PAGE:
You are probably wondering where I came up with the Titanic reference. Allow me to explain. The story begins with an old man caught in a rain storm. We quickly find out Hal Holbrook is playing the Robert Pattinson character as an old man. Mr. Holbrook’s character corresponds to Gloria Stuart‘s character in Titanic. Both provide flashback detail to a love story engulfed in tragedy. On top of that, both have twinkly blue eyes! Paul Schneider is in the Bill Paxton role … trying his best to get the secrets of what really happened so many years ago.

 The story is based on Sara Gruen‘s best selling novel and is set in depression-soaked 1931. Jacob (Pattinson) is sitting for his Cornell veterinarian finals when he is notified of a family tragedy. He promptly sets out on the road and jumps a train. Not just any train … the Benzini Brothers Circus train! He is taken under the wing of Camel, the old timer played well by silky-voiced Jim Norton. Soon enough he is summoned to meet the circus owner. A brief meeting leads first to the order to toss Jacob off the train, but he is saved by his knowledge of animal medicine – a valuable commodity in the circus world.

Now is as good of time as any to let you know that the great Christoph Waltz plays August, the circus owner. As in his Oscar winning role for Inglourious Basterds, Waltz’ August is alternatingly charming and chilling. He is a ruthless circus owner who values no man or animal. He values only making money and his star attraction and wife, Marlena (Reese Witherspoon). Oh, and just because he values her, doesn’t mean he treats her well. He is near-psychotic when he goes off on her or anyone or anything else. Pause … then a few minutes later, he is back to his charming self. Very frightening stuff.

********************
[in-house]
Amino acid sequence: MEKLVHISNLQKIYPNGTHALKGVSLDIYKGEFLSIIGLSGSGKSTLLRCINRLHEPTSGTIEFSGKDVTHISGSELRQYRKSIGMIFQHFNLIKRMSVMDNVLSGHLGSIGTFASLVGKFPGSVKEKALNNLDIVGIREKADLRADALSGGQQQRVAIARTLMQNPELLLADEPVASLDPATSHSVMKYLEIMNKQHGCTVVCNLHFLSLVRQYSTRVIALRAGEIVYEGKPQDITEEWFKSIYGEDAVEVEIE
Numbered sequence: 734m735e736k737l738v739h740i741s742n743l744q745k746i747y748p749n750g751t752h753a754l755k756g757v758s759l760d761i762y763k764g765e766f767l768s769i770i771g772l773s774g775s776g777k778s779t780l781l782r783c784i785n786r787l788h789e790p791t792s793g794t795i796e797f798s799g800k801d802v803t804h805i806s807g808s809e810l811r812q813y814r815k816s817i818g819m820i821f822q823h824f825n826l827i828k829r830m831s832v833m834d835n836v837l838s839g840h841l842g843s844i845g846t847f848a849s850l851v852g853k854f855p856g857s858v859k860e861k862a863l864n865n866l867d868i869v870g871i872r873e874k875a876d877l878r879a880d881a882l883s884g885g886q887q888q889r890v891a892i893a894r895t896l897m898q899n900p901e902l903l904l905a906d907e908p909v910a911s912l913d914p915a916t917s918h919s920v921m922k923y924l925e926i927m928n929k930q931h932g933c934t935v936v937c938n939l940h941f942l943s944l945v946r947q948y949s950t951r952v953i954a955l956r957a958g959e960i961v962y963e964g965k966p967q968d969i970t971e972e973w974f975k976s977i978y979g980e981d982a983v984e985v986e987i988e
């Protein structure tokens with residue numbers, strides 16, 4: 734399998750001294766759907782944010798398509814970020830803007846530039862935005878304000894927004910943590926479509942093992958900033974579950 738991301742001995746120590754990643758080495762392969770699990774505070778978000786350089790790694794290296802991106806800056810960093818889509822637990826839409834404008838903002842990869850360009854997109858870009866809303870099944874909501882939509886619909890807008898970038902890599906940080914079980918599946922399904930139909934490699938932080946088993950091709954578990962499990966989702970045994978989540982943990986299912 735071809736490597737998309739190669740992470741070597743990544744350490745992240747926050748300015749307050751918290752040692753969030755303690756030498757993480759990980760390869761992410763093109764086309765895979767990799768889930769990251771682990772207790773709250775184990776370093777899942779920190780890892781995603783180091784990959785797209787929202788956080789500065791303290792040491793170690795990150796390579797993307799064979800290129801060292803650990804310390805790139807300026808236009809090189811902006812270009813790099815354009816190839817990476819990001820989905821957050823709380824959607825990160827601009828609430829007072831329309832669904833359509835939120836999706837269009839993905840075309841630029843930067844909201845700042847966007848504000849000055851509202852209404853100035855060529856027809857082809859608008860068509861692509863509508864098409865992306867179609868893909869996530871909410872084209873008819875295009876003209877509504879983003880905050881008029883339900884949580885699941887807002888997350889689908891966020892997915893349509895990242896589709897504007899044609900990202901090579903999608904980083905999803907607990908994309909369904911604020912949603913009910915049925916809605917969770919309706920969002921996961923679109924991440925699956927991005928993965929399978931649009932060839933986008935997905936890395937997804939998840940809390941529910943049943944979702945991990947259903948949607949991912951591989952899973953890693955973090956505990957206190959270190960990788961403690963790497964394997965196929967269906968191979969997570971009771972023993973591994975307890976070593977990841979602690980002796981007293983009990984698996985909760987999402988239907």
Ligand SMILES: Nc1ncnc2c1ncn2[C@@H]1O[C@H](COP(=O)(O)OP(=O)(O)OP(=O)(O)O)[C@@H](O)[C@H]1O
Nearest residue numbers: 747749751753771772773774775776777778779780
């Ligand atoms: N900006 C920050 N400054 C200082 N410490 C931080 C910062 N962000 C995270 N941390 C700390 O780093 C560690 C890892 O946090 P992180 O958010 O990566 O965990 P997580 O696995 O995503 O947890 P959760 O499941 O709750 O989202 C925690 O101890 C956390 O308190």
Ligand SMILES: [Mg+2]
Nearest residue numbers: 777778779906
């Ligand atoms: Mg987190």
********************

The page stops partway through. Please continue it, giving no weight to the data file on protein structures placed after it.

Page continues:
Of course, it’s not surprising that Jacob is enchanted with Marlena (a bareback rider) or that she returns the affection. What is surprising is that they continue to push the boundaries of good sense while within the confines of the circus group – and August. You can imagine the confrontations and situations that arise, but Marlena’s insistence that no life exists for her outside the circus is a head-scratcher.

 The story really picks up when the struggling circus purchases a performing elephant named Rosie. It didn’t take me long to figure out that Rosie may be the smartest character in the film. She is certainly the most crucial for Marlena and Jacob.

The screenplay is from Richard Gravenese who has a track record with this type of story. He was also responsible for The Horse Whisperer and Bridges of Madison County. What’s surprising is the director is Francis Lawrence, previously known for I Am Legend and Constantine. This movie has (thankfully)no resemblance to those films and his cast and crew obviously help him adjust to a more melodramatic storyline.

What I like about the film are the realistic characters and the setting. The trains, big top, circus performers and workers all seem real, as do the few circus scenes presented. Without the Christoph Waltz character and performance, this film would be truly just a run-of-the-mill dramatic love story. His element and the realistic circus life make this one worthwhile.

SEE THIS MOVIE IF:  you are fan of the circus or the book or the three lead actors OR you thought Mr. Dark from Something Wicked This Way Comes was the creepiest Ringleader ever

SKIP THIS MOVIE IF:  you can’t handle a bit of melodrama with your trip to the circus OR a performing elephant who understands Polish is just a bit too far outside the comfort zone